- Getting a medical history to determine if the patient does repetitive activities or other activities frequently involving the wrist and hand, or has a medical condition that could lead to carpal tunnel narrowing.
- Physical examination of the arms, shoulders, neck, arms, hand and wrist to identify potential points of weakness or tenderness, swelling or warmth; fingers are tested for grip strength and feeling; wrist muscles are assessed for strength or indications of muscle atrophy (some medical conditions like inflammatory myopathies cause muscle inflammation in the wrist).
- Taking X-rays to rule out conditions like bone fractures or arthritis that have distorted bones.
- Completing routine laboratory tests to identify and/or rule out medical conditions like diabetes that can cause the carpal tunnel condition.
- Performing specific manual and medical tests that include:
- Tinel test – tapping or pressing on the median nerve to determine if the patient experiences tingling in the fingers,
- Phalen’s maneuver – flexing the wrist as far as possible to determine whether it causes numbness or tingling in the fingers,
- Electrodiagnostic tests – measures the electrical activity in the median nerve and wrist muscles,
- Ultrasound imaging – detects abnormal median nerve size,
- Magnetic resonance imaging (MRI) – shows the anatomy of all structures in the wrist.
Early detection of carpal tunnel can often mean avoiding surgery. The sooner carpal tunnel syndrome treatment is initiated, the more likely non-surgical treatments will work. A carpal tunnel syndrome cure is possible.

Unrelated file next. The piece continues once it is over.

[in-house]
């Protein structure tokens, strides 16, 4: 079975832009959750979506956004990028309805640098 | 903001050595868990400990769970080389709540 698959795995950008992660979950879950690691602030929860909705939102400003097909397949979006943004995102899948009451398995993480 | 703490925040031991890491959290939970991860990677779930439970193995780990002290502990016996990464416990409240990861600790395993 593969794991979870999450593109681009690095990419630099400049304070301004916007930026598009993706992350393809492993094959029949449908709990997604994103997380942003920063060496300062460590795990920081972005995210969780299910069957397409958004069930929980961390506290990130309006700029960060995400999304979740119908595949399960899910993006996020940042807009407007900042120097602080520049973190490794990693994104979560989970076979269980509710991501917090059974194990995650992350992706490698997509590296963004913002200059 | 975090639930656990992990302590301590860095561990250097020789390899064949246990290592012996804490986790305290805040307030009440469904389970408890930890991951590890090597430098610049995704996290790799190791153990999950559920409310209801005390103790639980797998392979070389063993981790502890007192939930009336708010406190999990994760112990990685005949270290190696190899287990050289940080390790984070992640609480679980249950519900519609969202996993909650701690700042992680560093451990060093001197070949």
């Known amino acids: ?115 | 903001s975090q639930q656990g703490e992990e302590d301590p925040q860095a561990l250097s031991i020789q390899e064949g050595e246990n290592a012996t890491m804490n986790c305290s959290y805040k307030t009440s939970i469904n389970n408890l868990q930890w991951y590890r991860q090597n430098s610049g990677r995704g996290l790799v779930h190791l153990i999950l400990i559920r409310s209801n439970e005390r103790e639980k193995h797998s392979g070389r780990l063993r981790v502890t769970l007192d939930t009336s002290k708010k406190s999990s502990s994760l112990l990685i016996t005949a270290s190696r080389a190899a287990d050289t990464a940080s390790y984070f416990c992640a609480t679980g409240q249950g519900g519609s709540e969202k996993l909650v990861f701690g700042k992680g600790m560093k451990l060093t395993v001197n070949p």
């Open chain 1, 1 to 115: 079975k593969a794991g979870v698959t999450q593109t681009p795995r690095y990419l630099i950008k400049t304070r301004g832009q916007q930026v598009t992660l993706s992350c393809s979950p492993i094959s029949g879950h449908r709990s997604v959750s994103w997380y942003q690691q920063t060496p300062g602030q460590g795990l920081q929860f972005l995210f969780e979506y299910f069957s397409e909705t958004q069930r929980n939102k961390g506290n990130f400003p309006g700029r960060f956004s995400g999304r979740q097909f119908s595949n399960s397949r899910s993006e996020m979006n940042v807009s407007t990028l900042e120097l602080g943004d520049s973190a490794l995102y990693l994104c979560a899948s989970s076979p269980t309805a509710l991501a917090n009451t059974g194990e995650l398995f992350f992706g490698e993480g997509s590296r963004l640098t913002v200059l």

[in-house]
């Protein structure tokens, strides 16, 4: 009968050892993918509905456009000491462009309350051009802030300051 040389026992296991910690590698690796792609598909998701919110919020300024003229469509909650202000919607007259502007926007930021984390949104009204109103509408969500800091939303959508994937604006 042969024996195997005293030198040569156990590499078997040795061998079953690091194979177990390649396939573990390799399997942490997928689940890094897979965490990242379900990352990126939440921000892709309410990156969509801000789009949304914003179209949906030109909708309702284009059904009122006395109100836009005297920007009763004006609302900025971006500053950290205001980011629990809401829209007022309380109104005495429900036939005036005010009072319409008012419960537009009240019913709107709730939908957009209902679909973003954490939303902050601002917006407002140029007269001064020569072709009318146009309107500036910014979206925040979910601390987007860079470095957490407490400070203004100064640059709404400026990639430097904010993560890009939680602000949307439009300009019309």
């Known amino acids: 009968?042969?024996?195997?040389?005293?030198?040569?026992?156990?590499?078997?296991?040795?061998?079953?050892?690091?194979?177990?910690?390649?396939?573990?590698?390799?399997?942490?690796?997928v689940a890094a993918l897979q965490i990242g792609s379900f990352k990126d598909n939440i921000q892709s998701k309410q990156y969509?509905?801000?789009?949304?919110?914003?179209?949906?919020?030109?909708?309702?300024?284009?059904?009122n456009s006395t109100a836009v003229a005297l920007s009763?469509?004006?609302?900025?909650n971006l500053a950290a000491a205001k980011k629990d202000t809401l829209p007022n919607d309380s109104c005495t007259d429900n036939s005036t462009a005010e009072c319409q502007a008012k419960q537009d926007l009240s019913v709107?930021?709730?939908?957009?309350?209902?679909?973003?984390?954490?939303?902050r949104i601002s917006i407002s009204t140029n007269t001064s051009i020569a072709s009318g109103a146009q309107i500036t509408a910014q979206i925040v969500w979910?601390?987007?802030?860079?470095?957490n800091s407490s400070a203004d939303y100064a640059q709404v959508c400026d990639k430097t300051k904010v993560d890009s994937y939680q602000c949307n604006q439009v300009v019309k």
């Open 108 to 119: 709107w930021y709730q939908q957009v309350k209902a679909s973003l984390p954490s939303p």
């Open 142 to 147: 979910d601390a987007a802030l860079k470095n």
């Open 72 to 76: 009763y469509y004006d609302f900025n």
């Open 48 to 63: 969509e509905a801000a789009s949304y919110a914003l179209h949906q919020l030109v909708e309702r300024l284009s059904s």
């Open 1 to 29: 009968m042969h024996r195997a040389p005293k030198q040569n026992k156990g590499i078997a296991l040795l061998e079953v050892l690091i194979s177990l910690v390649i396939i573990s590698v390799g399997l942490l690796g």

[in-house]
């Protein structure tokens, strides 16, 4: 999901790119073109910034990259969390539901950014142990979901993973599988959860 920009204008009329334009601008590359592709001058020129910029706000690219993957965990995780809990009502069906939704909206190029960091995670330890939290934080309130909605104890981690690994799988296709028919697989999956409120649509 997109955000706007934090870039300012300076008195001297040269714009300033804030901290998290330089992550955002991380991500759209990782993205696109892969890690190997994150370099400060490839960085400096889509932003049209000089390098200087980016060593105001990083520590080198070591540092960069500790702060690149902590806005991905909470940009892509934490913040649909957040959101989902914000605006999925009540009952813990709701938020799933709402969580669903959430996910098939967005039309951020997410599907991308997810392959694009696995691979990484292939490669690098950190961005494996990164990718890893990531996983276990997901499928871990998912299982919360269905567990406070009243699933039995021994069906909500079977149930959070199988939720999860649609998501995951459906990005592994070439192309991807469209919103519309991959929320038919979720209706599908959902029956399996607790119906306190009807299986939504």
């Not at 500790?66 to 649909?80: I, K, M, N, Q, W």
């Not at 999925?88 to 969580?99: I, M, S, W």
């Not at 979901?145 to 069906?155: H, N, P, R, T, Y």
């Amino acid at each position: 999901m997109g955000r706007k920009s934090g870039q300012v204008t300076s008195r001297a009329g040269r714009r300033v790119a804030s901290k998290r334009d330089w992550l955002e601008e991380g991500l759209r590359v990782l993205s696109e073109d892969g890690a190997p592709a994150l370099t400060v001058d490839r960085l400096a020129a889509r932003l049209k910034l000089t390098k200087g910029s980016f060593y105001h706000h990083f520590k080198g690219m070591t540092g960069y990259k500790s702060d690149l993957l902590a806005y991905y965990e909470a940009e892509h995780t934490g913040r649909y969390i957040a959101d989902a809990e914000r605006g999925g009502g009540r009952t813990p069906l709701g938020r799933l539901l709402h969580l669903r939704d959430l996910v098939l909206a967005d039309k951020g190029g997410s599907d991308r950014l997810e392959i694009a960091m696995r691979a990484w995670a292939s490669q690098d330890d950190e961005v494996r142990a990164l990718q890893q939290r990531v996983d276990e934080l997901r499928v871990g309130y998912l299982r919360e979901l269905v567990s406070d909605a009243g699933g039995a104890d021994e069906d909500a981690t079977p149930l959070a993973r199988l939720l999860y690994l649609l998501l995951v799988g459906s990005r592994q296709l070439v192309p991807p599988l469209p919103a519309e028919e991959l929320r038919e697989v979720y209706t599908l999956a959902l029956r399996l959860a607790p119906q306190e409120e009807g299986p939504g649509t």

Typical treatments include non-surgical and surgical options. Non-surgical treatments are always preferred because they are non-invasive. The earlier carpal tunnel syndrome is suspected, the more likelihood it can be successfully treated through options like the following:
- Splinting the wrist to hold it still and straight while sleeping is one of the first treatments tried.
- Corticosteroid injection – corticosteroids are medications that can relieve pain.
- Nonsteroidal anti-inflammatory drugs (NSAIDs) – over the counter or prescription strength NSAIDs can reduce inflammation and pain.
- Treat other medical conditions – treating conditions like rheumatoid arthritis may lessen the symptoms of carpal tunnel.
- Starting a regimen of carpal tunnel exercises – specific wrist and hand exercises can be done at home to relieve symptoms and stretch tight tendons.
There are a number of carpal tunnel syndrome exercises a patient can do at home that may prevent the condition from getting worse. They include flexing or stretching the wrist, fanning the fingers and doing tendon or nerve gliding.
Surgery is always a last option, but if needed, there are two types of surgeries currently used. Both involve cutting the ligament to relieve pressure on the nerve. The two current surgical options are:
- Endoscopic surgery – surgeon makes two incisions in the wrist and palm, inserts a tiny camera, observes the wrist structures, and cuts the carpal ligament that holds the joint together.
- Open release surgery – surgeon makes an incision in the wrist and cuts the carpal ligament to widen the carpal tunnel.
For most people, the outcome of treatment for carpal tunnel syndrome is excellent. Though recovery from surgery may be gradual, the end result is likely to be full recovery. This assumes there is not another medical condition involved. Carpal tunnel syndrome usually does not reoccur.